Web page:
The Bumper WAC program got underway in the summer of 1947, and the first test flight was held at the White Sands Missile Proving Grounds in New Mexico on May 13, 1948. Bumper 1 reached an altitude of 79 miles, but the WAC Corporal second stage cut off early. Three more tests were held in 1948. All of them were failures.

The fifth Bumper WAC test was conducted on February 24, 1949. This time everything worked well. The first stage worked flawlessly and the second stage separated and ignited at an altitude of 20 miles. It reached a maximum altitude of 244 miles, setting the record at the time.

A sixth test in April of that year failed.

At this point, the tests were moved to the new Joint Long Range Proving Ground at Cape Canaveral, Florida. Here, the rockets would be fired out over the Atlantic Ocean, allowing researchers to safely test for range instead of altitude.

Bumper 7 was scheduled for launch on July 19, 1950. But it failed to build enough thrust to lift-off. The humid air had corroded a fuel valve. It was removed from the launch stand and returned to Patrick Air Force Base for repairs.3

Bumper 8 was moved into its place, and was launched on July 24.

This time the launch was successful. The film of the launch shows the missile gaining altitude and arcing over into horizontal flight. Despite the fact the V-2 exploded mid-flight, the WAC Corporal separated cleanly.

Five days later, Bumper 7 was launched again. The test was a success, as the second stage set a speed record, flying just under 200 miles at an altitude of about 22 miles.

That was the end of the Bumper program. But, the stage had been set, and thousands of launches (and quite a few explosions) would follow in the decades afterward.

The First Man Into Space

Yuri Gagarin was short man with a big smile.  He was born in Klushino, a village about 140 miles west of Moscow, in March of 1934. His parents worked on a collective farm, his father as a carpenter and bricklayer and his mother as a milkmaid. The family survived the German occupation that began in November of 1941, living for 21 months in a mud hut behind their house, which had been occupied by a German officer.

When he was 16, Gagarin became an apprentice foundryman at a steel plant near Moscow, while continuing to take classes. He learned to fly while working at the Saratov Industrial Technical school.  After graduation, he was drafted by the Soviet Army and sent to Orenburg for training in the MiG-15. By November of 1959, he had been promoted to Senior Lieutenant.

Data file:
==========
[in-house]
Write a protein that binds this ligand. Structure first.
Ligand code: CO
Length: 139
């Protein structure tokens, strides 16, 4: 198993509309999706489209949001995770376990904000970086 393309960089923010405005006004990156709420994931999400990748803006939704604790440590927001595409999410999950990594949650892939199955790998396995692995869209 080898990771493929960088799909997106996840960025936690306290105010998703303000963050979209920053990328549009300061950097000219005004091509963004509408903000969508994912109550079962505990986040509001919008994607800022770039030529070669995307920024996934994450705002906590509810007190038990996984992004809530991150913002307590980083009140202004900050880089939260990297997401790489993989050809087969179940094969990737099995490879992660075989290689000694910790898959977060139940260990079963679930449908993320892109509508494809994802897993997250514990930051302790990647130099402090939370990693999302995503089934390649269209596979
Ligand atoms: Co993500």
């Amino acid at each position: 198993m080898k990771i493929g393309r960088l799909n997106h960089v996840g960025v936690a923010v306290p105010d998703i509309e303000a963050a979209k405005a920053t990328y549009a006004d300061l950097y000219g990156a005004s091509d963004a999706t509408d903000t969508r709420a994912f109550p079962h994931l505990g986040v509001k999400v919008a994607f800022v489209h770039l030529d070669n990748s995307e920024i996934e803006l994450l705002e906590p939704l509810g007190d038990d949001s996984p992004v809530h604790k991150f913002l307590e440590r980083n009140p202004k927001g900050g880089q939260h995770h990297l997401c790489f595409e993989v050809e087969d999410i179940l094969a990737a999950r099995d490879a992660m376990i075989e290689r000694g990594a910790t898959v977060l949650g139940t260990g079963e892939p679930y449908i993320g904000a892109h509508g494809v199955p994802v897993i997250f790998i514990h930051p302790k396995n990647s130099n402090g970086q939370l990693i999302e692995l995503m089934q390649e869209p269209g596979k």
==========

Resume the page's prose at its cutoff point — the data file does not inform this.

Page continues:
Gagarin on a visit to Sweden in October 1964. Courtesy SAS Scandinavian Airlines

Gagarin was chosen for the Soviet space program in 1960.  He and 19 others underwent physical testing and training similar to the Mercury 7, but unlike the Americans, it was all conducted in strict secrecy.

On April 12, 1961, Gagarin became the first human being in space and the first to orbit the Earth. The flight of Vostok 1 began just after nine in the morning local time on April 12, 1961. “Let’s roll,” he told controllers after liftoff. It would take ten minutes for the Vostok to reach orbit and loft Gagarin into the history books. He would circle the Earth once in a flight that lasted 108 minutes. As he crossed the coast of Africa, his retrorockets fired, bringing him down in a rocky reentry caused in part when the equipment module didn’t separate cleanly from the descent module.

Courtesy Reubenbarton / Wikimedia Commons.

At about 23,000 feet, Gagarin ejected from the Vostok as planned and he parachuted safely to the ground. After landing, he told a startled farmer not to be afraid, and that he needed to find a telephone to call Moscow.

It was only after Gagarin was safely in orbit that the Soviet’s announced the mission publicly.

Gagarin on the cover of Time’s April. 21, 1961 issue. Courtesy Time Magazine.

After returning safely to Earth, Gagarin became an international celebrity, touring the world to celebrate the Soviet accomplishment. But, much like John Glenn, the Soviets wanted to keep Gagarin out of harm’s way. He was the backup pilot to Vladimir Komarov on the first flight of the Soyuz spacecraft in April of 1967. The flight completed 18 orbits in just under 27 hours, but with a series of technical problems that forced controllers to abort the mission. After re-entering the atmosphere, the main parachute and the reserve parachutes both failed, and Komarov began the first in-flight casualty of the Space Race when the Soyuz capsule crashed to the ground. After that Gagarin was banned from participating directly in the Soviet space program. He became the deputy director of the Cosmonaut Training Centre, which was later renamed in his honor.

Less than a year later, Gagarin was killed in what was called a routine training flight in March of 1968. The cause of the crash of the Mig-15UTI was investigated several times, but there’s never been a definitive answer to what caused the crash.

Gagarin’s Vostok 1 Capsule on display at the RKK Energiya Museum near Moscow. Photo courtesy SiefkinDR/Wikimedia Commons.

Big Rockets, Bigger Building

It is one of the enduring symbols of the U.S. Space Program, clearly visible from miles away as you approach the Kennedy Space Center. It’s the Vehicle Assembly Building, commonly known as the VAB, of of the largest buildings in the world. In the decades since it was built, it housed the enormous Saturn V, the Space Shuttles and soon, the Space Launch System.